She no longer needed Rachel. The crisis during which she had clung to her was past. What shipwrecked seaman casts a second thought after his rescue to the log which supported him upon a mountainous sea. Rachel interrupted pleasant thoughts. Lady Newhaven observed that her friend’s face had grown unbecomingly thin, and that what little colour there was in it was faded. “She is the same age as I am, but she looks much older,” said Lady Newhaven to herself, adding aloud:
“Every one has gone,” said Rachel, “and I have had a telegram from Lady Trentham. She has reached Paris, and will be here to-morrow afternoon.”
“Dearest mamma,” said Lady Newhaven.
“So now,” said Rachel, sitting down near the sofa with a set countenance, “I shall feel quite happy about leaving you.”
“Must you go?”
“I must. I have arranged to leave by the seven-thirty to-morrow morning. I think it will be better if we say good-bye over night.”
“I shall miss you dreadfully.” Lady Newhaven perceived suddenly, and with resentment, that Rachel was anxious to go.
“I do not think you will miss me.”
“I don’t know why you say that. You have been so dear and sympathetic. You understand me much better than mamma. And then mamma was always so fond of Edward. She cried for joy when I was engaged to him. She said her only fear was that I should not appreciate him. She never could see that he was in fault. I must say he was kind to her. I do wish I was not obliged to have her now. I know she will do nothing but talk of him. Now I come to think of it, do stay, Rachel.”
“There is a reason why I can’t stay, and why you won’t wish me to stay when I tell it you.”
“Oh, Mr. Vernon! I saw you and him holding hands in the dusk. But I don’t mind if you marry him, Rachel. I believe he is a good sort of young man — not the kind I could ever have looked at, but what does that matter? I am afraid it has rankled in your mind that I once warned you against him. But, after all, it is your affair, not mine.”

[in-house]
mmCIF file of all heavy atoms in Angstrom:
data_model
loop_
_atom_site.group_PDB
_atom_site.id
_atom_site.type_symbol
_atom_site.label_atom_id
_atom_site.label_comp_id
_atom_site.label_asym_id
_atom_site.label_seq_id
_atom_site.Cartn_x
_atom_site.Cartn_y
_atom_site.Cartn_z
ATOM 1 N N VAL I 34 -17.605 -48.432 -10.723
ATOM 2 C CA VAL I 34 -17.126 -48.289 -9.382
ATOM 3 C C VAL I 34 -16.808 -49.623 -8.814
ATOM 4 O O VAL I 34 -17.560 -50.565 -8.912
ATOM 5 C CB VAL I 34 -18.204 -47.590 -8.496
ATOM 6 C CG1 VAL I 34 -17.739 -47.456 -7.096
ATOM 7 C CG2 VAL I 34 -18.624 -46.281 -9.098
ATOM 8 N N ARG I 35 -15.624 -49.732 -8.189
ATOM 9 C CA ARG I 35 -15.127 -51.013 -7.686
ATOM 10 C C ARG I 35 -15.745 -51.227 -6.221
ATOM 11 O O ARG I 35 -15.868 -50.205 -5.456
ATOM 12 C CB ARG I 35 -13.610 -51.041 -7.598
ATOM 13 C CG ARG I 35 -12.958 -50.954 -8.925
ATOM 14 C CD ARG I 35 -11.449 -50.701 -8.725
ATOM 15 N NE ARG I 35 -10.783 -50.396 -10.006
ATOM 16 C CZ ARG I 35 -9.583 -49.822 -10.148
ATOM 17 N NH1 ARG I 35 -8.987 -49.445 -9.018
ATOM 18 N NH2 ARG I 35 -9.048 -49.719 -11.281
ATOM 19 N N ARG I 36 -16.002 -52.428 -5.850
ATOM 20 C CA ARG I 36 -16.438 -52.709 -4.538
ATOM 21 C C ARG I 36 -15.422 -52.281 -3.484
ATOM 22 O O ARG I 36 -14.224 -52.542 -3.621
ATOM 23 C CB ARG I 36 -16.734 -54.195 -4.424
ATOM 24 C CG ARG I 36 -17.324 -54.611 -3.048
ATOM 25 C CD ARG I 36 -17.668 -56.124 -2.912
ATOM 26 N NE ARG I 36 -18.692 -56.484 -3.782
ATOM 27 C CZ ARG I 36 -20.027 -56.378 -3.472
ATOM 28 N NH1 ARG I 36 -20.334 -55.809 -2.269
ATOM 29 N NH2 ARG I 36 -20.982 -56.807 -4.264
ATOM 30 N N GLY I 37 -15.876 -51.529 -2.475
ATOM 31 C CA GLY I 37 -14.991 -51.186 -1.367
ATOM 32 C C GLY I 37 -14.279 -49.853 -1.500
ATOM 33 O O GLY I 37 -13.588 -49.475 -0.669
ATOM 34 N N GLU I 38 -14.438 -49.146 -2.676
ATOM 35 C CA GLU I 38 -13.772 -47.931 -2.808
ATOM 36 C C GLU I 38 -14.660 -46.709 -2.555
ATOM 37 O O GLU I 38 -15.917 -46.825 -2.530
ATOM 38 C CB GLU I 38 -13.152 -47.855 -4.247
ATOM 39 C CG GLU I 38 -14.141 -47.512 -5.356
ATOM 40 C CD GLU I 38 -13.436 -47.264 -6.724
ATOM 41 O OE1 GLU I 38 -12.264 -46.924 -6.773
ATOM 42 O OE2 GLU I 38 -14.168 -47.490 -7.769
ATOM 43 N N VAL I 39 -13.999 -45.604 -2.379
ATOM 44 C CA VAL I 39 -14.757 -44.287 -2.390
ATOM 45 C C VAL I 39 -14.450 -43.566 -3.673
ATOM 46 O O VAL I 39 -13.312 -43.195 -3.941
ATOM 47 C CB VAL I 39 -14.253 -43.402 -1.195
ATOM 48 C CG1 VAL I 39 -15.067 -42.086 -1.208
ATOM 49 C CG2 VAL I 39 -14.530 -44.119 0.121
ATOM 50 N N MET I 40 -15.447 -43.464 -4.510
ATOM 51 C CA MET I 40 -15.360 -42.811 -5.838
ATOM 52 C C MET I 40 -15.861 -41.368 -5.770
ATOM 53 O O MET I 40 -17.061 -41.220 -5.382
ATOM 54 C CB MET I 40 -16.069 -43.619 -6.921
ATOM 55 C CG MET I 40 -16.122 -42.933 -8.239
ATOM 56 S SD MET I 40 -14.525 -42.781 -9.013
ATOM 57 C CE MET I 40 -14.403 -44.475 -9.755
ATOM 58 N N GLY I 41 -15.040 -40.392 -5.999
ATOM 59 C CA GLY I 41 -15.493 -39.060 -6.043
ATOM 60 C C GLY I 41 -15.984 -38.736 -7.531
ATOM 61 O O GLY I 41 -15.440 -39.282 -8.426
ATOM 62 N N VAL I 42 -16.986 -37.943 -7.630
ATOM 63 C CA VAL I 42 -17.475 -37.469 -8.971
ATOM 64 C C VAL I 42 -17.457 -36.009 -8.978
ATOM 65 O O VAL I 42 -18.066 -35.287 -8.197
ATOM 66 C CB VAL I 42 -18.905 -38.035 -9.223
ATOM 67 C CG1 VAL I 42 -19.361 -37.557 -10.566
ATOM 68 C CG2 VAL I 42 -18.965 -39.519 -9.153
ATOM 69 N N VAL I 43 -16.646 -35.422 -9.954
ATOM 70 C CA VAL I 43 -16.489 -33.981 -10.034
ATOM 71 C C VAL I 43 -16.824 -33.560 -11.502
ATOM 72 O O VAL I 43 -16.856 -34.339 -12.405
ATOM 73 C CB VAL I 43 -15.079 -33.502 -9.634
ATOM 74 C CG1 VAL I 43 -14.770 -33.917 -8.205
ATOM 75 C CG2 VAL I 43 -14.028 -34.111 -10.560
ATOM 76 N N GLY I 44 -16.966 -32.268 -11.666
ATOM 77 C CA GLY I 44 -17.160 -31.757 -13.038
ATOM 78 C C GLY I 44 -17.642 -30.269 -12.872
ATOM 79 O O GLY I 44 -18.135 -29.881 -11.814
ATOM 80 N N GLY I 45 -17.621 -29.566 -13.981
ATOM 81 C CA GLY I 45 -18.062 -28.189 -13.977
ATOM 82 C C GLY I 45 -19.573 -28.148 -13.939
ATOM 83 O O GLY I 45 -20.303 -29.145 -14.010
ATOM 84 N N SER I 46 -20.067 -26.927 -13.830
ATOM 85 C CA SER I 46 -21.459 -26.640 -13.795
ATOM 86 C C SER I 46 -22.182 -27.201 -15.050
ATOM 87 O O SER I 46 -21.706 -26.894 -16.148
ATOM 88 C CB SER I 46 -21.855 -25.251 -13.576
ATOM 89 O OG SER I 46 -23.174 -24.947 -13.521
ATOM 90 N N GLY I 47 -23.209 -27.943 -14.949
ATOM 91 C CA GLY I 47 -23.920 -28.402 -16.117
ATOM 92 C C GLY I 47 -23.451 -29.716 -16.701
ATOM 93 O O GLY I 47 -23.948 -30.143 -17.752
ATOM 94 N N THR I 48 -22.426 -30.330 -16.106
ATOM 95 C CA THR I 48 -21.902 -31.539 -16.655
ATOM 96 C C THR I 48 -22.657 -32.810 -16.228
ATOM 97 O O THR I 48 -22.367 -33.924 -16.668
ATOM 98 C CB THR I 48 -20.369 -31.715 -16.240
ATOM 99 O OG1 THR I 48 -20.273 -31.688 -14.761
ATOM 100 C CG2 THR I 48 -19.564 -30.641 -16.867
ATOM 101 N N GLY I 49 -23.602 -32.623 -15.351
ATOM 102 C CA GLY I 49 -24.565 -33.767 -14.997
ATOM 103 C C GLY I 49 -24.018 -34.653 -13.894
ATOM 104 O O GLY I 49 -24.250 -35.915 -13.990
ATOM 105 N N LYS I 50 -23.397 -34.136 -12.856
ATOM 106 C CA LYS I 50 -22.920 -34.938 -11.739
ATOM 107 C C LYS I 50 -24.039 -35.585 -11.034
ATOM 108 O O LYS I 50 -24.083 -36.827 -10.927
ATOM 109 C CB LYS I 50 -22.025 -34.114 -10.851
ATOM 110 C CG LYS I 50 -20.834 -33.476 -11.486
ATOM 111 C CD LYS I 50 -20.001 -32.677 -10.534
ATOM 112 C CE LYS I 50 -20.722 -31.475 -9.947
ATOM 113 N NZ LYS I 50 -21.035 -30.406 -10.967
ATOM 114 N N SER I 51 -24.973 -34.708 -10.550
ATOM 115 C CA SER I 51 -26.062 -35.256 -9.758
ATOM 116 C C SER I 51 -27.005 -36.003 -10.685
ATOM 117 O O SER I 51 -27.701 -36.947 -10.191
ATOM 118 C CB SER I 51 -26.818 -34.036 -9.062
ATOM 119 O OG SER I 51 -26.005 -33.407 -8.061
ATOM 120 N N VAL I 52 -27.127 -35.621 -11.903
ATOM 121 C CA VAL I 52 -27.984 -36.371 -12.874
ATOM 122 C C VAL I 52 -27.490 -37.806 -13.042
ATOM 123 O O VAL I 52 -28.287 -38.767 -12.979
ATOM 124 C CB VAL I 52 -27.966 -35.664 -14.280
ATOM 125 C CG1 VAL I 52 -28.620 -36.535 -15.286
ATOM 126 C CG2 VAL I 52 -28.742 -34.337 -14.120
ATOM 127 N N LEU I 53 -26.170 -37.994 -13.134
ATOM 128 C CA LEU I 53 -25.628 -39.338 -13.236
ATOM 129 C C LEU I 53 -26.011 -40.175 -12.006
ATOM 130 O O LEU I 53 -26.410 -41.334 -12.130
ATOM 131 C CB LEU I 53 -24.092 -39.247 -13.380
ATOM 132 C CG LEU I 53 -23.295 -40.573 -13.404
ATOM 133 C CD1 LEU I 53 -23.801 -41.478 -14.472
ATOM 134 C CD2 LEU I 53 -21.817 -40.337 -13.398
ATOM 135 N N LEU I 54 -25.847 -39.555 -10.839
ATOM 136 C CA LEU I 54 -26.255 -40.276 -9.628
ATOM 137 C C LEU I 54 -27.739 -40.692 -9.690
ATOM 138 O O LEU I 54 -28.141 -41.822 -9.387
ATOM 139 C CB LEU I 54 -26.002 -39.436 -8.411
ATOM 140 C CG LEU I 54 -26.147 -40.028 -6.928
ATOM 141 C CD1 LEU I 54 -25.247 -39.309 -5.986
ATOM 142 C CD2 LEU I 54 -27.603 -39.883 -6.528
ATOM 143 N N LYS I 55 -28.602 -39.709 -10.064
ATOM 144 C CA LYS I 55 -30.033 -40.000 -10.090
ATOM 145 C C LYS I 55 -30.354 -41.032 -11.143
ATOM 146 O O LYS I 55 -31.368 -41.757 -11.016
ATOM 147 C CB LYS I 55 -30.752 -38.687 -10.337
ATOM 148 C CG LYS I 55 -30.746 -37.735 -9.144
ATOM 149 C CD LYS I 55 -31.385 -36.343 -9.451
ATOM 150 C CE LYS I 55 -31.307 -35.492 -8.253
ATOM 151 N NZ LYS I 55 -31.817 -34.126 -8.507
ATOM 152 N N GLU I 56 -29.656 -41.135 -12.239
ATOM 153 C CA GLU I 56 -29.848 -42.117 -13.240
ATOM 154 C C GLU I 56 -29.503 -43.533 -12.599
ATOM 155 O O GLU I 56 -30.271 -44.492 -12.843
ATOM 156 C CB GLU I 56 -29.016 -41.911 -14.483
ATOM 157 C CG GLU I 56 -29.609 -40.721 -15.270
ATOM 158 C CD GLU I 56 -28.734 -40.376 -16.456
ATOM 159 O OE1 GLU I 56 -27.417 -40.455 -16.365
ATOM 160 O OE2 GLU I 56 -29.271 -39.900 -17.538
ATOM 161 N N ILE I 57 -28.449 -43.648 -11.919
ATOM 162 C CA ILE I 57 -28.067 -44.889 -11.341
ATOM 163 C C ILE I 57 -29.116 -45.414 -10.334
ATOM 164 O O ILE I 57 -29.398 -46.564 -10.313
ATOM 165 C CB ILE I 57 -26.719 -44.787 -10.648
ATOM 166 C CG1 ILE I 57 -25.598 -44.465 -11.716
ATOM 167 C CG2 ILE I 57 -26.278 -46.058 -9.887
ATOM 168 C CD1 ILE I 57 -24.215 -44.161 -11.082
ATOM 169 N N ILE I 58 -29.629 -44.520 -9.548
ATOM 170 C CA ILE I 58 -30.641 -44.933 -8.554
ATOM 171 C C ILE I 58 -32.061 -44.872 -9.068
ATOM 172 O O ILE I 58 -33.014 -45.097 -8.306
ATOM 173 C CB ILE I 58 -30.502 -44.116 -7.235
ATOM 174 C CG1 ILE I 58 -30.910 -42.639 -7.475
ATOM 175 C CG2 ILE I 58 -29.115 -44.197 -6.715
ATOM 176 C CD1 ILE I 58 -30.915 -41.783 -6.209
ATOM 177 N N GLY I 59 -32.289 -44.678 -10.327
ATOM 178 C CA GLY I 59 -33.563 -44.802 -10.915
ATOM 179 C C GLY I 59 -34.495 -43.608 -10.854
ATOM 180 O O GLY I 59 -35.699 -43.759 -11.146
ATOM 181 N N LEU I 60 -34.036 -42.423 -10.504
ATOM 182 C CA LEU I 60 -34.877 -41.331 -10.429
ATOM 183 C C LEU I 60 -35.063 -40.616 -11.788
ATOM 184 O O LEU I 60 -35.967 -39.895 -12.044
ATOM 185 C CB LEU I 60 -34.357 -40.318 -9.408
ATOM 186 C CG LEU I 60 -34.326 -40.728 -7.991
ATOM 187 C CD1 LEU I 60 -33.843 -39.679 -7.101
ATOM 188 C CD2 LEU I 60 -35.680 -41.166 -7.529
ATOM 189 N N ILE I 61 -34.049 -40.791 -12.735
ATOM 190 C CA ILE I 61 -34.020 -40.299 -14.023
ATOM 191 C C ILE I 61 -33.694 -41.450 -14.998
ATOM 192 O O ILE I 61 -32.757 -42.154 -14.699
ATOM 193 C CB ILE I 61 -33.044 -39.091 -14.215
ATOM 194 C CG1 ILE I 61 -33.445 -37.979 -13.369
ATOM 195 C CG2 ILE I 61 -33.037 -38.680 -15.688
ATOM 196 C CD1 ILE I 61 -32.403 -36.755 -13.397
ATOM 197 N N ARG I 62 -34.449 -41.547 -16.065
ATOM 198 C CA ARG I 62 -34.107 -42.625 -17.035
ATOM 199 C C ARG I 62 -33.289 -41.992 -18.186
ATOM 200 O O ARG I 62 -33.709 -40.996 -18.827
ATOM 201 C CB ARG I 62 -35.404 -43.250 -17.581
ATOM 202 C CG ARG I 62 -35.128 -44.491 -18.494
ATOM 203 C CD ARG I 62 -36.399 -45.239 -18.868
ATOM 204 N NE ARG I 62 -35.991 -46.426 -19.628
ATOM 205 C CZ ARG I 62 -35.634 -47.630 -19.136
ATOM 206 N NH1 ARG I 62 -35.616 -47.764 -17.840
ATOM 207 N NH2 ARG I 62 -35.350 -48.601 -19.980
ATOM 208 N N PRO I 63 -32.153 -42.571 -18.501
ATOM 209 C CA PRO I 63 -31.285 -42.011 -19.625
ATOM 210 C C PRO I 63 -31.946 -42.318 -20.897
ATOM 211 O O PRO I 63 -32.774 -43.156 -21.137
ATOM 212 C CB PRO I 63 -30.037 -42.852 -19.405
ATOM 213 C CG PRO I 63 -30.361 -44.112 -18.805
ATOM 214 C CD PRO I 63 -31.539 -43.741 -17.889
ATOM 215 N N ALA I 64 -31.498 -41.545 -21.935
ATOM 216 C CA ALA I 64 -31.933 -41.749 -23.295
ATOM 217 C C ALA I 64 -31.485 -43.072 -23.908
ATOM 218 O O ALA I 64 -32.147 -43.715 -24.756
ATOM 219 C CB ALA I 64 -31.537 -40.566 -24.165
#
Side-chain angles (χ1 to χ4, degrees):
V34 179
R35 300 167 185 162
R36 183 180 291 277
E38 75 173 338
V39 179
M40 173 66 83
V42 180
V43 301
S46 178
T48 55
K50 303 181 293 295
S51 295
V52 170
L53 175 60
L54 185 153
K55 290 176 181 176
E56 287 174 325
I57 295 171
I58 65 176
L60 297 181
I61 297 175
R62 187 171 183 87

“I was not going to speak of Mr. Vernon.”
Lady Newhaven sighed impatiently. She did not want to talk of Rachel’s affairs. She wanted, now the funeral was over, to talk of her own. She often said there were few people with less curiosity about others than herself.
Rachel pulled herself together.
“Violet,” she said, “we have known each other five months, haven’t we?”
“Yes, exactly. The first time you came to my house was that dreadful night of the drawing of lots. I always thought Edward drew the short lighter. It was so like him to turn it off with a laugh.”
“I want you to remember, if ever you think hardly of me, that during those five months I did try to be a friend. I may have failed, but — I did my best.”
“But you did not fail. You have been a real friend, and you will always be so, dear Rachel. And when Hugh and I are married you will often come and stay with us.”
A great compassion flooded Rachel’s heart for this poor creature, with its house of cards. Then her face became fixed as a surgeon’s who gets out his knife.
“I think I ought to tell you — you ought to know — that I care for Mr. Scarlett.”
“He is mine,” said Lady Newhaven instantly, her blue eyes dilating.
“He is unmarried and I am unmarried,” said Rachel hoarsely. “I don’t know how it came about, but I have gradually become attached to him.”